Thomas Müller takes control as German old guard plans last job | Germany


For Thomas Müller and Mats Hummels, a climactic night in Gelsenkirchen two and a half years ago seemed an unhappy end. Germany still struggled to shed their funk after the World Cup and the Netherlands had exacerbated matters, scoring twice in the final five minutes to tie a Nations League game. Hummels hadn’t been quick enough against Quincy Promes for the opening goal; there was less he could do when Virgil van Dijk stole the equalizer. The slightly comedic full-time image was of a stone-faced Müller, who had entered the scene in the second half, reluctantly accepting a punch from Paule, the Nationalmannschaftthe costumed mascot of an eagle.

Within weeks, Joachim Löw unplugged his creaky pillars, describing 2019 as “the year of a new start for the national team. We want to give the team a new face. Müller, Hummels and Jérôme Boateng were no longer to be considered for the selection. Oliver Bierhoff, technical director, explained that Germany had to “decide what is best for the team on the way back to the top of the world”.

The German language has not yet developed a 20-letter word for in addition it changes but he has until Tuesday evening. If physical condition allows it, Müller and Hummels will start against England; both were woken up in May for one last dance and it’s hard to say whether their presence at Wembley must be a symbol of might or of weakness.

Calling back the pair, Löw said there was a need to ‘stop a recast’ and that Germany lacked experience, an observation made true by the six goals Spain set against a fragile defense in November. last and the shocking home loss to North Macedonia in March. . It was a fair, albeit unseemly, admission that their absence had not produced the desired results. A first qualifying victory for Euro 2020 in Amsterdam was promising, but the Dutch would retaliate by scoring four times in Hamburg and Germany became rudderless against strong opponents.

Mats Hummels celebrates with the fans after the game against Hungary but he has yet to convince in the tournament. Photograph: Marc Mueller / UEFA / Getty Images

Löw also had short-term goals in mind, as he had recently announced his departure after this summer’s competition. He decided that Germany didn’t have the aura, the ability to draw a double take into the tunnel, which has helped them cross the line before. Perhaps he was right: among the rest of his squad, only Manuel Neuer, Toni Kroos and – in a pinch – Matthias Ginter could offer the blind gaze of World Cup winners. International tournaments have a habit of unlocking long memories, invoking ghosts from the past to sow doubt. England, with their more controlled style and theoretically powerful frontline, could be a clear favorite in the last 16 if there was nothing to muddy the waters. Germany, however, has rediscovered an advantage in authority.

This may work with a particular effect in the case of Müller. Pundits and former German players have pounced on themselves to suggest that he, above everyone else, can be the difference between an early exit – and England’s first knockout victory over the Germans since 1966 – and another march towards the end of business. Müller is the self-proclaimed ‘interpreter of space’ (raumdeuter) but “space designer” can more accurately describe his role in Löw’s final adventure. In the smoke-house victory over Portugal, he was the off-camera presence, the outstretched hand, the bellowing exhortation, directing the waves of offensive play that poured down each flank. In his absence for the first hour against Hungary, Germany looked weak and confused. The work of his career was defined by a propensity to ghost out of nowhere and to poach. In this talented but raw side, “Radio Müller” plays more forward by pulling the strings.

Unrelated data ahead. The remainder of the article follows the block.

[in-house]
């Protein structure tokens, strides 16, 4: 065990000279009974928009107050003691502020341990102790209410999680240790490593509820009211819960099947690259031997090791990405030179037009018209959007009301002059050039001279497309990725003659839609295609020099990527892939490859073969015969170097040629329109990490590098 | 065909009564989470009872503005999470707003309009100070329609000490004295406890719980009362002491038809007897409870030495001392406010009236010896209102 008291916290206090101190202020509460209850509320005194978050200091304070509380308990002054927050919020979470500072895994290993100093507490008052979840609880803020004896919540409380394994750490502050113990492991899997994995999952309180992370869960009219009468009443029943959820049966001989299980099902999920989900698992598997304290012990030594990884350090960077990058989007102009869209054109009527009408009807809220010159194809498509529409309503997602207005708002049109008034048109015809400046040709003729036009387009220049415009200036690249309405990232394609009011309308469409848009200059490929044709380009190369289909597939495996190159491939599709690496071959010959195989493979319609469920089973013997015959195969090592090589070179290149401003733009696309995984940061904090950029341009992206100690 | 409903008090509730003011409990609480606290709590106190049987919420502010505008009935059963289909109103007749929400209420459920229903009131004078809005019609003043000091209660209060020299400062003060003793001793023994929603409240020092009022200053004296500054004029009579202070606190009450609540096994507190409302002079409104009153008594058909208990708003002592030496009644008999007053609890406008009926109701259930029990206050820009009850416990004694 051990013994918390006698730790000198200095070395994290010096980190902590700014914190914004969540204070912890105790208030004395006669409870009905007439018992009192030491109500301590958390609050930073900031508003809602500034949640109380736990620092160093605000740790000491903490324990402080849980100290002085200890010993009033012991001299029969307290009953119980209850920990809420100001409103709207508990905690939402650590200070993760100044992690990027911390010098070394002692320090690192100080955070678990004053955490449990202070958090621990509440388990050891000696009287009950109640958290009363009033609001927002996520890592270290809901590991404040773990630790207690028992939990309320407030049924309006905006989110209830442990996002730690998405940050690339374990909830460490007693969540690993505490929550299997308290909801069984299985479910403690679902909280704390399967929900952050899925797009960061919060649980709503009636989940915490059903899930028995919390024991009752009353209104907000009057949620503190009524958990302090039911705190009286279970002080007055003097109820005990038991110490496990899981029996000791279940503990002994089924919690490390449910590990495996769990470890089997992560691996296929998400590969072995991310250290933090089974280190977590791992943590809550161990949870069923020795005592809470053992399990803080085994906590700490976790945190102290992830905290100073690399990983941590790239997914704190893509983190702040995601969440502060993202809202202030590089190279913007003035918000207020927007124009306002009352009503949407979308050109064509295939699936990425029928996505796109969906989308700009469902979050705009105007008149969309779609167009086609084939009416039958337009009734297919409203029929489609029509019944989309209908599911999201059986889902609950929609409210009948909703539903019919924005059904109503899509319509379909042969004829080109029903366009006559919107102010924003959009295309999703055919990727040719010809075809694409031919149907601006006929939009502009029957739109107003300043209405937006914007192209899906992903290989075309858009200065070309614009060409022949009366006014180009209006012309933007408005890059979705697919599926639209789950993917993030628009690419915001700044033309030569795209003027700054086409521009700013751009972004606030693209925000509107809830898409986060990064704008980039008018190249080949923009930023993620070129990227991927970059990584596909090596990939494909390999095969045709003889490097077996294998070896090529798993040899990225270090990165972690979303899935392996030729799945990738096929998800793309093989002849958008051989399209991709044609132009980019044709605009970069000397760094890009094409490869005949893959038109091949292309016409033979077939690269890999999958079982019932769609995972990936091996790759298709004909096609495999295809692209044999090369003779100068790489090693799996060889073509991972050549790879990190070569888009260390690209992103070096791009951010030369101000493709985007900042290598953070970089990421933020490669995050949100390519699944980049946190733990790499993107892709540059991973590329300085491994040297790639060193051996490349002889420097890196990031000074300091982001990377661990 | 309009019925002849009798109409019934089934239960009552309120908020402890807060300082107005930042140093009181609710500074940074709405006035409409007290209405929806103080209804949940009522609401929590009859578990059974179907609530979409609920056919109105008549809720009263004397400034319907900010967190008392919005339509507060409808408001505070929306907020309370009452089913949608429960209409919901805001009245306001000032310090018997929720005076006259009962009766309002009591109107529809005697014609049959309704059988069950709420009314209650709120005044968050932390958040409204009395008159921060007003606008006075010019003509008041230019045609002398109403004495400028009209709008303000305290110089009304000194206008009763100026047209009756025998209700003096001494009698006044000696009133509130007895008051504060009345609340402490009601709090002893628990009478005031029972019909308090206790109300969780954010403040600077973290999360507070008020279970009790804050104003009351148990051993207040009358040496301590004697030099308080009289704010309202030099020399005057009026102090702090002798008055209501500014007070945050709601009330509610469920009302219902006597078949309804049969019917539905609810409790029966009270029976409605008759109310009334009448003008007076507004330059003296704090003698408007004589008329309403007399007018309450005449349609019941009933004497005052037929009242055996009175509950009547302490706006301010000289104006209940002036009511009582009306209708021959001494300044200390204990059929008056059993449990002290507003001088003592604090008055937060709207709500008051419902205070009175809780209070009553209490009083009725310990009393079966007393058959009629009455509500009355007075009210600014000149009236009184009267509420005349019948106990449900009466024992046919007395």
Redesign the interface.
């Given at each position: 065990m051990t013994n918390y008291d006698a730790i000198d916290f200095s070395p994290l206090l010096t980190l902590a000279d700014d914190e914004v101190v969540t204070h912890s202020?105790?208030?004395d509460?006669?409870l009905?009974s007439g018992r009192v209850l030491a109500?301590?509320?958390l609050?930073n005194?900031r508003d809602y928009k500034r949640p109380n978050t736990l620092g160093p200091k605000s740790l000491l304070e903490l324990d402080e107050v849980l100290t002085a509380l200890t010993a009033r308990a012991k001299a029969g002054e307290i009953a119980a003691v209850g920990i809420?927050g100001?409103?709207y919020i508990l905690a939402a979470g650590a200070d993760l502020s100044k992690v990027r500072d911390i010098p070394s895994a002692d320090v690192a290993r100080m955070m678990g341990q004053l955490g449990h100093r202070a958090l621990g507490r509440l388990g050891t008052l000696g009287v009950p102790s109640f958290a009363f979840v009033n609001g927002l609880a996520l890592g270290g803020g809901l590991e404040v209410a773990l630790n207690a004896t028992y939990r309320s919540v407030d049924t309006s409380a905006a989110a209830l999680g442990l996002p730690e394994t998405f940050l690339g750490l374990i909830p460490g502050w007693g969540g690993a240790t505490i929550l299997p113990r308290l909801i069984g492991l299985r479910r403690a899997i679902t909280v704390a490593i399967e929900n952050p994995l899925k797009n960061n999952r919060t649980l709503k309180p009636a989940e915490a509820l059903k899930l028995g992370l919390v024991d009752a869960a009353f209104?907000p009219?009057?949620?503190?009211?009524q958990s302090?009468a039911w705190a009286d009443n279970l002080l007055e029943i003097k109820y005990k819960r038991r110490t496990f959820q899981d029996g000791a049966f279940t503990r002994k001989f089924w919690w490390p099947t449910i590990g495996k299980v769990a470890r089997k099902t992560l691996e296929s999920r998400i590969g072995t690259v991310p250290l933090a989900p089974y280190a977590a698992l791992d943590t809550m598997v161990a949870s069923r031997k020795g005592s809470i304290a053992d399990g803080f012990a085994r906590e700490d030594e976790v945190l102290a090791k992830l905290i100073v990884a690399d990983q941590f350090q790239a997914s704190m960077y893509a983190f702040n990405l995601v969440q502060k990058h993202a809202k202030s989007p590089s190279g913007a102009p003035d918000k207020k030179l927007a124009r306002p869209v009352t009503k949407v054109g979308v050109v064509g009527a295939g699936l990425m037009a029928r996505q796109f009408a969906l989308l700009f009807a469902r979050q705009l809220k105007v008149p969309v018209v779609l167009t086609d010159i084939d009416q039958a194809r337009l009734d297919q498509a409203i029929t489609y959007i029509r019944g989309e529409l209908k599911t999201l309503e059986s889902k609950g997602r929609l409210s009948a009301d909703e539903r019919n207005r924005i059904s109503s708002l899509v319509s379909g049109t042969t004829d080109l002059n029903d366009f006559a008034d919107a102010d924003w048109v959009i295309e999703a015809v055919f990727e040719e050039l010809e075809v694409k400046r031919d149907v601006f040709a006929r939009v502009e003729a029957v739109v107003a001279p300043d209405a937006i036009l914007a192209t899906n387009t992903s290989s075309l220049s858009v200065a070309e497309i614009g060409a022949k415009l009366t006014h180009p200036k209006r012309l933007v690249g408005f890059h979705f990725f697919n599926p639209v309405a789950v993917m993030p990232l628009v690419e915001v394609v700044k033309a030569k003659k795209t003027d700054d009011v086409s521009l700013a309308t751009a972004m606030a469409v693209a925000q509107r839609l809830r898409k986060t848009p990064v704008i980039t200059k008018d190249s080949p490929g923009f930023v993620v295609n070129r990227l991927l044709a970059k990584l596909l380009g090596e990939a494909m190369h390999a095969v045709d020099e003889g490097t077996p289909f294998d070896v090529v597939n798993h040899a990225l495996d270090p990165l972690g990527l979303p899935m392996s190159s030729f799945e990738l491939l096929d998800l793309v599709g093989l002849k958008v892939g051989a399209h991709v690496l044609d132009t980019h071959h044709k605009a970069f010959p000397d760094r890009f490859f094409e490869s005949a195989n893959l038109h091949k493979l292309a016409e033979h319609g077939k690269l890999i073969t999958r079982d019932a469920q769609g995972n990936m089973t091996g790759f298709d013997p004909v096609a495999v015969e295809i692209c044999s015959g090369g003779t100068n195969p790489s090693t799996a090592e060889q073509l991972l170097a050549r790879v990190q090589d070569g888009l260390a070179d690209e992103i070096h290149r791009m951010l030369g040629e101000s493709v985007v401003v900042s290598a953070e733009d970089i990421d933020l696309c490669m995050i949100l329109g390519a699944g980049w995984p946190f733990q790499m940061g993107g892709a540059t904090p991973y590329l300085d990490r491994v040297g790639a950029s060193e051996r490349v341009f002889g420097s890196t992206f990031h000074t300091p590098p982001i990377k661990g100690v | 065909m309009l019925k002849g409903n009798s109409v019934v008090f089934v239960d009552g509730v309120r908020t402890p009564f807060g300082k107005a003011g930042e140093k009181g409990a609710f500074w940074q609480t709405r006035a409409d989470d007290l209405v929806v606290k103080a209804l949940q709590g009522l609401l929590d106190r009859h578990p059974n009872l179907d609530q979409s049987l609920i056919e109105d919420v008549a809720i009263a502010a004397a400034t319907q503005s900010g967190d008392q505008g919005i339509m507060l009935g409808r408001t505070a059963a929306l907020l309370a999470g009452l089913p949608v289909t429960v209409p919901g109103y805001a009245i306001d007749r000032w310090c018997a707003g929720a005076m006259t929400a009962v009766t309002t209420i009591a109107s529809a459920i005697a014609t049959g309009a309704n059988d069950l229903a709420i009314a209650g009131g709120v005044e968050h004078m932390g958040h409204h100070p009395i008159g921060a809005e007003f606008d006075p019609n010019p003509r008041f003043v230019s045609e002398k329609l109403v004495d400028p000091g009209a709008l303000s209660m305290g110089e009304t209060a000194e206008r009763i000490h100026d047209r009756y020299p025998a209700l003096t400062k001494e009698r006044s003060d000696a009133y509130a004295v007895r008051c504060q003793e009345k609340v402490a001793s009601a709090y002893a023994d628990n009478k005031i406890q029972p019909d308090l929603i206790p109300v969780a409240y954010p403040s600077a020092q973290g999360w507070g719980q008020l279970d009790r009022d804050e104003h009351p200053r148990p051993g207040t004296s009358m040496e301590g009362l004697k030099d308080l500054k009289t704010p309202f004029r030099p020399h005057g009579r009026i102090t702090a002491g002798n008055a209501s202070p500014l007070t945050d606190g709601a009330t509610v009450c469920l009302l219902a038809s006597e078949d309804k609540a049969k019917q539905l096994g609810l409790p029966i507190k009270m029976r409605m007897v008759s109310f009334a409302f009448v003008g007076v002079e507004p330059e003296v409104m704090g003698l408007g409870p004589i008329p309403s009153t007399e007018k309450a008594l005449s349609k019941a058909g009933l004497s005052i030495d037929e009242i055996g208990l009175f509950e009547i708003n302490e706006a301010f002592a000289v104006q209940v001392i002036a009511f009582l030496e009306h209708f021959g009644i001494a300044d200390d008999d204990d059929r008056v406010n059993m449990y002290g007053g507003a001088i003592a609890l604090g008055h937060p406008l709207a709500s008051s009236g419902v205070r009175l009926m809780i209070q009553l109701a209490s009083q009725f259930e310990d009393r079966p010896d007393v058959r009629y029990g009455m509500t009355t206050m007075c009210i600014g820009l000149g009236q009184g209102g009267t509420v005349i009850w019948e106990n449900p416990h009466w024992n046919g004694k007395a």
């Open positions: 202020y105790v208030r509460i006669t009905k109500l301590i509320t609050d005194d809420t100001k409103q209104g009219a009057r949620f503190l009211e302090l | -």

Müller’s eyes will shine at the sight of England, and the thought of that brace at Bloemfontein in 2010, three months after the start of his international career, may fuel many German hopes. Against that, he hasn’t scored in a major tournament since the floodgates opened when Brazil were humiliated in Belo Horizonte seven years ago. Winding the Löw clock might take a few turns.

The picture looks less optimistic when it comes to Hummels. He joined Müller among the Ballon d’Or contenders in 2014 but, unlike his resurgent colleague, he’s clearly not the player he was. The home goal that settled Germany’s first match against France was forgivable, despite its comedy; the way Adam Szalai took him off to start a tumultuous night on Wednesday was less so and, whether against physique or pace, the 32-year-old struggled.

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It’s no different story for Kroos, who made his German debut on the same night as Müller but was spared the forced two-year hiatus. He was criticized for his lack of energy after Hungary’s draw and certainly took a while to shut down Roland Sallai as he fed Szalai’s run. Neuer, 35, couldn’t get away without a review either, given his miscalculation when he was beaten with the ball by Andras Schafer later. It has been a long time since German veterans offered any of their old certainties.

The new wave, however, has yet to bring any. That’s why Löw is betting on Müller and Hummels against England, training their team to the top and applying bottles of the old spirit. “I feel like chasing the titles this summer,” Müller said in March after Bayern Munich beat Borussia Dortmund in front of a thoughtful Löw. “I am definitely ready.” He might as well have rubbed his hands as he spoke: despite all the imperfections of Löw’s latest compromise, the fire could still rage until July.


About Norma Wade

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